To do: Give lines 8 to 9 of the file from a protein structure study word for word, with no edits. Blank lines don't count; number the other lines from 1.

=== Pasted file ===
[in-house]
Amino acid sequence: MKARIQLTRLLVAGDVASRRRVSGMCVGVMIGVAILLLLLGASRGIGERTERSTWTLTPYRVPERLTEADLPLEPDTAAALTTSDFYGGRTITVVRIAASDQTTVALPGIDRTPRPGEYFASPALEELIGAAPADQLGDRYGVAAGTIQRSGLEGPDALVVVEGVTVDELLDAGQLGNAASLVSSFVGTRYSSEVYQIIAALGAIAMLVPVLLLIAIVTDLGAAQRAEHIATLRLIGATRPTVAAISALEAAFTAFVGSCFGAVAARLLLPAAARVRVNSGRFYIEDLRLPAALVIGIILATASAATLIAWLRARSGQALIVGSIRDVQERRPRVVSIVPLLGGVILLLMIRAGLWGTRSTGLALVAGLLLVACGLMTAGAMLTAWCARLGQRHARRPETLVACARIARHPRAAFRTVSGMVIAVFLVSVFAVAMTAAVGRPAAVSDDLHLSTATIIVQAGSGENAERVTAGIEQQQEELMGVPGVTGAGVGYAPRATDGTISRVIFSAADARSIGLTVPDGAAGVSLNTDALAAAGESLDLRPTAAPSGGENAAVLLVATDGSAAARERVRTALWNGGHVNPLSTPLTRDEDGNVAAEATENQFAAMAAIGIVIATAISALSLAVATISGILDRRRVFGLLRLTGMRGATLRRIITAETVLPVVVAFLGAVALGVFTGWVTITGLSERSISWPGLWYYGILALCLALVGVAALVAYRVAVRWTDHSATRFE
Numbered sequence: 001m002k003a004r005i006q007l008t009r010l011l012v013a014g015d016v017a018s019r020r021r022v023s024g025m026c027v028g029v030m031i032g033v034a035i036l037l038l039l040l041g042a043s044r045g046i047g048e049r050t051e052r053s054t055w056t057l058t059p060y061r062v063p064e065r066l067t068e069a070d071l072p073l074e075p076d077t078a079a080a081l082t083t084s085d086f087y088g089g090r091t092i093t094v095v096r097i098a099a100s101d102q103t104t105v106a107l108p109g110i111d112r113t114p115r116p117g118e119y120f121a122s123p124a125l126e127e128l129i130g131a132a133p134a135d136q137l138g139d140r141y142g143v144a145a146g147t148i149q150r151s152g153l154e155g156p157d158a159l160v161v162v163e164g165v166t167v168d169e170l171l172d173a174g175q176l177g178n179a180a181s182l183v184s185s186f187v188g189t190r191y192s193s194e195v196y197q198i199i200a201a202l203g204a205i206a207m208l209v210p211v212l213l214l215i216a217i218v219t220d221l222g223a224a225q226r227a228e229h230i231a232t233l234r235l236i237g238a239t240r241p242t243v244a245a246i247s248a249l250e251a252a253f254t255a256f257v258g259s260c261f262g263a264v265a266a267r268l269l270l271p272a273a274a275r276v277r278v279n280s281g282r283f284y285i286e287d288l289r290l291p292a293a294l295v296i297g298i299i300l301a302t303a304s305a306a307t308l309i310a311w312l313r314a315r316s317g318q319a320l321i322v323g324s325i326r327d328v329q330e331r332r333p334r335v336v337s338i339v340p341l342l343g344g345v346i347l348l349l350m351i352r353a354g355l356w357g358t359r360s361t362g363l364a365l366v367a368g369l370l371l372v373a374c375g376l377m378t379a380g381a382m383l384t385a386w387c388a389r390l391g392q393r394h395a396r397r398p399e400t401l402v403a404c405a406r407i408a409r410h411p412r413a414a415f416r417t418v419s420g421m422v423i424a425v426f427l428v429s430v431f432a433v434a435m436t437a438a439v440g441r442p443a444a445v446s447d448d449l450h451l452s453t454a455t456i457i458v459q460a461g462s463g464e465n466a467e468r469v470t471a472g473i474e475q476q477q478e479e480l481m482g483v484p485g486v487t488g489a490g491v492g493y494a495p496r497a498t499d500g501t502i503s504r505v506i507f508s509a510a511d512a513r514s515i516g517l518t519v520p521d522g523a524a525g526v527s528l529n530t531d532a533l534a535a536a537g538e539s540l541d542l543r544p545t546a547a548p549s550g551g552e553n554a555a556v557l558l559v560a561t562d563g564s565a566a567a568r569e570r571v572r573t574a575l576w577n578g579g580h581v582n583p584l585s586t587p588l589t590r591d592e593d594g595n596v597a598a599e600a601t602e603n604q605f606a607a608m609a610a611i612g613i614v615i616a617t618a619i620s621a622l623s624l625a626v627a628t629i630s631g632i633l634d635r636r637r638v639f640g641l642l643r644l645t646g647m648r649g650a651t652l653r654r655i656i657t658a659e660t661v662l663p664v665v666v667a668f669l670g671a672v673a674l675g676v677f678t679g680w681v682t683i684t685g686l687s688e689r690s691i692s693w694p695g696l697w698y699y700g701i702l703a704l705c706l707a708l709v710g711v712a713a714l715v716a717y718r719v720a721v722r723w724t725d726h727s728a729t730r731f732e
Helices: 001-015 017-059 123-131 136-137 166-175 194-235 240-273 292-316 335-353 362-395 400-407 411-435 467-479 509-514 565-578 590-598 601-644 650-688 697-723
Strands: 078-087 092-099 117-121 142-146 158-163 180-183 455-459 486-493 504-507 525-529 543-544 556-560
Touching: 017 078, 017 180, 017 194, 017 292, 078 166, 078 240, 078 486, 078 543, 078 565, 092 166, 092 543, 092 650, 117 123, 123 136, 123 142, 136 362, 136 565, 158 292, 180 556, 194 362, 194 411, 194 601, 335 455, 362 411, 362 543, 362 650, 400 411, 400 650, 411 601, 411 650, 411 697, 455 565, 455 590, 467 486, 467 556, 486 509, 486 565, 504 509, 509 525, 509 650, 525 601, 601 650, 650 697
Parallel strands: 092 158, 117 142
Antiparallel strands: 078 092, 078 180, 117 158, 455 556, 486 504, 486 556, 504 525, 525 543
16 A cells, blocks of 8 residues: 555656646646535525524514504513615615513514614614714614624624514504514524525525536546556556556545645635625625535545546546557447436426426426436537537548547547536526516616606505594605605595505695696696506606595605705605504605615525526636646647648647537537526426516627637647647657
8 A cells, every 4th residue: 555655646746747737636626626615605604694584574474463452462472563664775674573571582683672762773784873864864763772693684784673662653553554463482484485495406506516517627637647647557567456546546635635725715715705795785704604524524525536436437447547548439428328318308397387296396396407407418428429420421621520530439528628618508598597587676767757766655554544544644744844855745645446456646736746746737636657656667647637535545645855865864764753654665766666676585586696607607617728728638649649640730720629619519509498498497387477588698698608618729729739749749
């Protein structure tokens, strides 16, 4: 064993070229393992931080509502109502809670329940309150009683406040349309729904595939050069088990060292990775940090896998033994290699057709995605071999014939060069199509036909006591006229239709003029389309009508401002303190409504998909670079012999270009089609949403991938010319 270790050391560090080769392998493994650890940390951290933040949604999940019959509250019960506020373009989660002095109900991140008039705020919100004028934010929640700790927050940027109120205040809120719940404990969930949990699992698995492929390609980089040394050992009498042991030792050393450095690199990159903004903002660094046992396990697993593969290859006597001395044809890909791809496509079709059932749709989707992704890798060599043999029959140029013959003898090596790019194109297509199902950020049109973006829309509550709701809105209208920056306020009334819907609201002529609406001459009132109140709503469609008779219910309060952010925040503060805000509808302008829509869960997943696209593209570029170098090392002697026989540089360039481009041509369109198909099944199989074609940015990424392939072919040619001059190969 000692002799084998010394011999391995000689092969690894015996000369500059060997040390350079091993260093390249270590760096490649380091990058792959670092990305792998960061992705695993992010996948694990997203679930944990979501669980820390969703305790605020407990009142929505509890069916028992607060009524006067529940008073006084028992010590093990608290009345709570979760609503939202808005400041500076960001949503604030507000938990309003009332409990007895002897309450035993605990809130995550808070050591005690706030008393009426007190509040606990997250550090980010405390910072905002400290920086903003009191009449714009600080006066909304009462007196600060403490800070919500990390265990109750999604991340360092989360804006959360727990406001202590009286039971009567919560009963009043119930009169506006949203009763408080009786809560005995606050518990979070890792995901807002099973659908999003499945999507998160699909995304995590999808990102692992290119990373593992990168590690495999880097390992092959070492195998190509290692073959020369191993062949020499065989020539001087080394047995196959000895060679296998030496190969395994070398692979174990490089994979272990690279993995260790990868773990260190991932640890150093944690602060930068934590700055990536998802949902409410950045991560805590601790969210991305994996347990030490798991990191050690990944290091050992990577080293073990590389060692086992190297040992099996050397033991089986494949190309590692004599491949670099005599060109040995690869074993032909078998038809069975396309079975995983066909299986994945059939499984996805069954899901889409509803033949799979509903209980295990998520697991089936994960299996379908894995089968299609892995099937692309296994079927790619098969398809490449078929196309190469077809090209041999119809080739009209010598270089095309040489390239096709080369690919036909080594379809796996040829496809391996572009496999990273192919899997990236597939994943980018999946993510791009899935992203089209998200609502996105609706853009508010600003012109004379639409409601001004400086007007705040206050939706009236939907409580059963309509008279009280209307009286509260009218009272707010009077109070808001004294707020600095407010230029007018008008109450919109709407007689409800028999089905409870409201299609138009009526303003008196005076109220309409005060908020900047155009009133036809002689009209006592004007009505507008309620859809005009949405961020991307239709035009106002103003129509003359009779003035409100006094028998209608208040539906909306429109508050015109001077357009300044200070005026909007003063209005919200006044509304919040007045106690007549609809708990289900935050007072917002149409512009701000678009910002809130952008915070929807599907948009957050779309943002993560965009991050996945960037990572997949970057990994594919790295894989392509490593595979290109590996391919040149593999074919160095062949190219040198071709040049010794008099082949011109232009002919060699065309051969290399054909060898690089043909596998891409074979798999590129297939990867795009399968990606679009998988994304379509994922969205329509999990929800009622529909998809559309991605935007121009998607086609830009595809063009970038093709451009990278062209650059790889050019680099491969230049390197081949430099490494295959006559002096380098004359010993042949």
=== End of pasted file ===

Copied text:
Antiparallel strands: 078 092, 078 180, 117 158, 455 556, 486 504, 486 556, 504 525, 525 543
16 A cells, blocks of 8 residues: 555656646646535525524514504513615615513514614614714614624624514504514524525525536546556556556545645635625625535545546546557447436426426426436537537548547547536526516616606505594605605595505695696696506606595605705605504605615525526636646647648647537537526426516627637647647657